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‘Abuse of power’: Inner West mayor fights possible suspension

He said if either of the councillors in question, Colin Hesse and Pauline Lockie, had apologised, then that could’ve been used to bolster a finding in civil court proceedings that the statements were defamatory.


If they chose not to apologise, then that could’ve been seen as an aggravating factor in Cr Byrne claiming damages against the pair, Mr Cobb-Clark said.

“Council resolution shouldn’t be used by councillors to address personal grievances or to put the councillors in a better position to address a defamation claim against another councillor. That’s an abuse of power,” he said.

The tribunal heard the comments posted on the Facebook pages of Crs Hesse and Lockie accused Cr Byrne and other councillors of being “in bed with developers” over their stance on the draft development control plan for the Victoria Road precinct in Marrickville.

The vote to call on them to apologise was passed on March 26, with a rescission motion – from which Crs Hesse and Lockie excused themselves – failing the following month. Cr Lockie did subsequently apologise but Cr Hesse didn’t.

But barrister Ian Latham, acting for Cr Byrne, said the mayor was motivated to protect the reputation of other councillors and the council as a whole, and before the motion a number of councillors were upset about the social media comments.

“This is not some unilateral decision by the respondent (Cr Byrne) absent the views of any other councillors,” Mr Latham said, adding the legal test was of an actual conflict of interest, taking into account the mindset of the person in question, rather than a conflict that could simply be perceived.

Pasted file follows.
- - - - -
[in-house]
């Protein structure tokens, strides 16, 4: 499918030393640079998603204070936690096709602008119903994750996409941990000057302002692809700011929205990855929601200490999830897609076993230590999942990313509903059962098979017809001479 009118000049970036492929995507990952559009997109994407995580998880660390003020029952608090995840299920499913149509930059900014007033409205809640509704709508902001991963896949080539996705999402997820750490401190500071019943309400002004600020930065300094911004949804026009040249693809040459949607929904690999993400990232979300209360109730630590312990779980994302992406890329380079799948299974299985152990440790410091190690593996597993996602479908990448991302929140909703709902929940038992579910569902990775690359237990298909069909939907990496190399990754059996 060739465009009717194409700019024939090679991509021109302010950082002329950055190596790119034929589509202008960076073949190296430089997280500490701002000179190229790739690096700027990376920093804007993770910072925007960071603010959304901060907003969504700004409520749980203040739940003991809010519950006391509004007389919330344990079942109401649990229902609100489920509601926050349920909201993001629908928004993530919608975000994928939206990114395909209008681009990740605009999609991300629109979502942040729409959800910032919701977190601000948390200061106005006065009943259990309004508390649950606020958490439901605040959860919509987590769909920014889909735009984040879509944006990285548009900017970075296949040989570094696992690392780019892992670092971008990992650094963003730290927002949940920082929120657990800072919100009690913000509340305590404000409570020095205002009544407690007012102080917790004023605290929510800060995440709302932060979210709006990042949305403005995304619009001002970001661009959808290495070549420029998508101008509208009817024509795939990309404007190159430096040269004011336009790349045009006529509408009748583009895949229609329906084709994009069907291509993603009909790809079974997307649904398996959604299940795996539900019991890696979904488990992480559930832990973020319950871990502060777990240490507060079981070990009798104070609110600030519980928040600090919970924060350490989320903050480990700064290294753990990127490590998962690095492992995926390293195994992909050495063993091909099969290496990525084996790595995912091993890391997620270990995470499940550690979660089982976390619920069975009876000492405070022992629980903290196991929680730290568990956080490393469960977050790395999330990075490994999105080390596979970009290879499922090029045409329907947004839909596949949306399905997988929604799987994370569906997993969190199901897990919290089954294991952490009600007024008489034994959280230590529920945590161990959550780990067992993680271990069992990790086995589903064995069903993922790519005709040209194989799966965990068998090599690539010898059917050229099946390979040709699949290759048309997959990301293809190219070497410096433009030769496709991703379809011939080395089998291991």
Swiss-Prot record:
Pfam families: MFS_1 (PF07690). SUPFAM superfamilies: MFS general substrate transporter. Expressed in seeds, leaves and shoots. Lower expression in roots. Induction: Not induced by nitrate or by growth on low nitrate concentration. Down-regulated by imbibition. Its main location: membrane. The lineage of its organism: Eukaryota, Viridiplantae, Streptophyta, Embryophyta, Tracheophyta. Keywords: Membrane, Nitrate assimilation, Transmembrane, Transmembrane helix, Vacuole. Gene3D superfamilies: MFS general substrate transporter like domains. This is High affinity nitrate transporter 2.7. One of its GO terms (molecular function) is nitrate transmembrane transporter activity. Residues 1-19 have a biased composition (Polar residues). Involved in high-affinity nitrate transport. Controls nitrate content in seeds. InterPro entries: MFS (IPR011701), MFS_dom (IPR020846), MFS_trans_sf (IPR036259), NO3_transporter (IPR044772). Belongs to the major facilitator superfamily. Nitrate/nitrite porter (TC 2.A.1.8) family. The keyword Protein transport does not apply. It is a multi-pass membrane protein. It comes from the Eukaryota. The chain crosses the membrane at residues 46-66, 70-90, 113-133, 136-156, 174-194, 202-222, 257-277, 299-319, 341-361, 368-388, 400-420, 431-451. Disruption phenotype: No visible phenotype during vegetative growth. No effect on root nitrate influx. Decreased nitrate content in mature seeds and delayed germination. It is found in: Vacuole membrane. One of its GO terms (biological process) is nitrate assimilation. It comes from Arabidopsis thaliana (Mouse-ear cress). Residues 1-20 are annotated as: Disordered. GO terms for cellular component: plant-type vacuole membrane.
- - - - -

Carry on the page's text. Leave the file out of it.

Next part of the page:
“I think when the tribunal looks at both the definitions of a non-pecuniary interest and also the interest actually alleged, I think pretty comfortably the tribunal would say, ‘this is not one of those’.”

Mr Latham said Cr Byrne had asked a council officer during the meeting about whether the council could call upon the pair to apologise, and the officer confirmed it was a valid course of action.


He also said an apology didn’t necessarily translate to liability during defamation proceedings, and therefore there was no benefit to Cr Byrne.

Office of Local Government deputy secretary Tim Hurst said in a September 2020 letter to Cr Byrne that, if found guilty of misconduct, he could be liable for suspension.

The tribunal has reserved its decision.

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